Fandango’s Provocative Question (24 February 2021)

Today’s Provocative Question, Fandango asks:

How’s your sex life?

Oh, wow, a nice simple one today. The question at any rate. But I see he’s added the constraint that we can’t say things like “fine” or “non-existent”, either of which I might have been tempted to use.

So, let’s put some thought in.

Three things happened to me, in the space of a couple of years. First, my diabetes started to have noticeable effects. I’m particularly referring to serious stuff like my eyes, but it also affected sex.

Second, we had all the grief with my daughter – many readers will never have heard of my daughter, I minimise her in the blog, but I have posted about her in the past. Funnily enough my “Who Won The Week” planned for Sunday mentions her, too. Yes, I’m just *that* organised, to have a winner planned several days in advance!

Third, there was the stroke.

Now, I wasn’t keeping notes about what happened when, but these three events combined left me (i) unable and (ii) uninterested.

I’d describe myself as asexual. I’m cool with that, and Mrs Bump says she is cool with that too. I think she is secretly relieved that all the groping has stopped. (Most of it, anyway. But she’s quicker than me now, so I have to be stealthy!)

It’s good just to chat pleasantly to people these days. And if you’re nice to people, most of them tend to be nice back. That’s enough now.


  1. I’m very sorry to hear there’s been grief related to your daughter. That most be the deepest kind of ravine. Can’t say I’ll be brave enough to tackle this question on my blog, (as I run in the other direction) but kudos for sharing.

    Liked by 2 people

      • This is worse than I could have imagined. I tried commenting on your article but it wasn’t letting me. I’m heartbroken for you. I know I’ve caused my parents grief (I plan to blog on this when I’m feeling brave) but this seems like the biggest of life’s trials, to have no way of helping your own child.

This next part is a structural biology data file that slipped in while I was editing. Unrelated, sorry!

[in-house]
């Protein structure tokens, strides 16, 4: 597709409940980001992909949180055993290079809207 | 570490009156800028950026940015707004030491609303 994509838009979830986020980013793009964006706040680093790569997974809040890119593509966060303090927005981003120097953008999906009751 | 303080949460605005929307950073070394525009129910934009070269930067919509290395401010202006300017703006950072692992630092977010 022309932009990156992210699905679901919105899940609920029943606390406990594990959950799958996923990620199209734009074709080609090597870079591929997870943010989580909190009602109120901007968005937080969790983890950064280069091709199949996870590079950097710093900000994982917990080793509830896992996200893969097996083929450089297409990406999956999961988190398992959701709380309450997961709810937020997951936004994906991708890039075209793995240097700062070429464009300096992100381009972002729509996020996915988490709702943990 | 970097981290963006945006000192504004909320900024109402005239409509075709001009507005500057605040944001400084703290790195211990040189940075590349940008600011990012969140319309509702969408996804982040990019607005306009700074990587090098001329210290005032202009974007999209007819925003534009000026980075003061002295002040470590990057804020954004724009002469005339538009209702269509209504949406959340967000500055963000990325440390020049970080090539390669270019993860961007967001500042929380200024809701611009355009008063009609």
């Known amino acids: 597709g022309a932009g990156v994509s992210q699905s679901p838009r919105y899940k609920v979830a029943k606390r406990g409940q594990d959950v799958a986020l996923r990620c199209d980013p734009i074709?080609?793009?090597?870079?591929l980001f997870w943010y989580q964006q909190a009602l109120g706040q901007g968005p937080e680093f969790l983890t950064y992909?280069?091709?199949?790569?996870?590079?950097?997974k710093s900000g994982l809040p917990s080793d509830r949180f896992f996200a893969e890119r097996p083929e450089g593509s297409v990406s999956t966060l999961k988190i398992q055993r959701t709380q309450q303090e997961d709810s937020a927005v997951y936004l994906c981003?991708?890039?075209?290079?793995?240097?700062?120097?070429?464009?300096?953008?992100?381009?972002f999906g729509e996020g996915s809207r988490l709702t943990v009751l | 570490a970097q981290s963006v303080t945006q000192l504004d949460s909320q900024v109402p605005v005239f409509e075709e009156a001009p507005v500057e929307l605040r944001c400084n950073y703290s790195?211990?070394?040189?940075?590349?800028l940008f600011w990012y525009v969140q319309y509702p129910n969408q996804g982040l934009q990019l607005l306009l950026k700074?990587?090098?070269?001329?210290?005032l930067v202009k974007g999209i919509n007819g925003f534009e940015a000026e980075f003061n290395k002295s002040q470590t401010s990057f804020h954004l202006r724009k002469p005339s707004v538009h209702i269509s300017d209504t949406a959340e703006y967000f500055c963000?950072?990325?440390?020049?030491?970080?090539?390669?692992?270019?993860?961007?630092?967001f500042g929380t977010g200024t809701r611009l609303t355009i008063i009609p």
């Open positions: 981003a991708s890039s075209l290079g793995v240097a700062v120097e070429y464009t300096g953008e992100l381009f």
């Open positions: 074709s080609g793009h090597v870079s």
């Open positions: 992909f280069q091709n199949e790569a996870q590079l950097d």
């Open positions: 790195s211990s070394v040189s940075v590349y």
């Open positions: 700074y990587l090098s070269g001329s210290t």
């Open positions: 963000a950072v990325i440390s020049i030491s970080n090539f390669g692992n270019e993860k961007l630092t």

Liked by 1 person

        • well, you know, it is what it is. I can speak of it matter-of-factly but it made me see lots of things in a different light. Ironically it was me who wanted cxhildren and Mrs B was meh. Now I’d quite happily not have bothered with the whole experience. I suspect that’s impossible for you to comprehend. Once, it would have been for me too.

          Liked by 1 person

          • There are moments when I see where my life could have forked differently. For me, I thought children were not going to happen, as I had both of mine after 33. They are the pitter-patter of my heart, but I know they could easily break it.

            Liked by 1 person

            • My experience with Mrs B (and her sisters) is that women get a bit weird on the subject of children.
              My SIL had 2, post-30, too, but she was clear that she always wanted children. She split with a seemingly nice guy because he didn’t – he already had grown children from a previous relationship.. Then she got together with somebody who was basically a sperm donor, and was with him, like 2 minutes. Oh, yes, double-weird.


            • Oh, the thing I meant to say about the blog post btw is that it was quite cathartic. I mean, I had to be ready to let the details out, but writing them down allowed me to cajole all these disparate thoughts into a vaguely coherent form of words. I hadn’t even discussed it properly with my wife before then.


  2. So sorry to read about your daughter. I can see why you dislike when i call mine perfect (they aren’t, of course, but luckily they bring me joy most of the time). That’s really tough. I can’t even imagine the constant stress going on for years. It’s wonderful you and your wife have a strong enough relationship to carry you through these times 💖

    Liked by 1 person

  3. Was okay until I enlisted medical help for BP. Not enlisted, rather got tired of folk harping at me, as if living to 100 was something reasonable. On a downhill slide ever since, and not only libido. Breathing issues, listlessness, sleep irregularities, and were it not for my temper, probably be in some sort of depressed state. “Oh,” they say, “take this for that, and that for this.” How about I just off the BP meds? I ask. They say, “Oh no! Take this and this and this and this.” How about I tell them where they should put their meds, and cash-in with a smile on my face? Good luck to you sir, adjusted and all, as you are.

    Liked by 1 person

    • There is an interesting debate to be had on duration of life versus quality of life.
      Actually, it isn’t interesting, it is a no-brainer. But I suspect we would be on a different side of it to the medicoes. I know so many people who are surviving but with some awful medical conditions.

      Liked by 1 person

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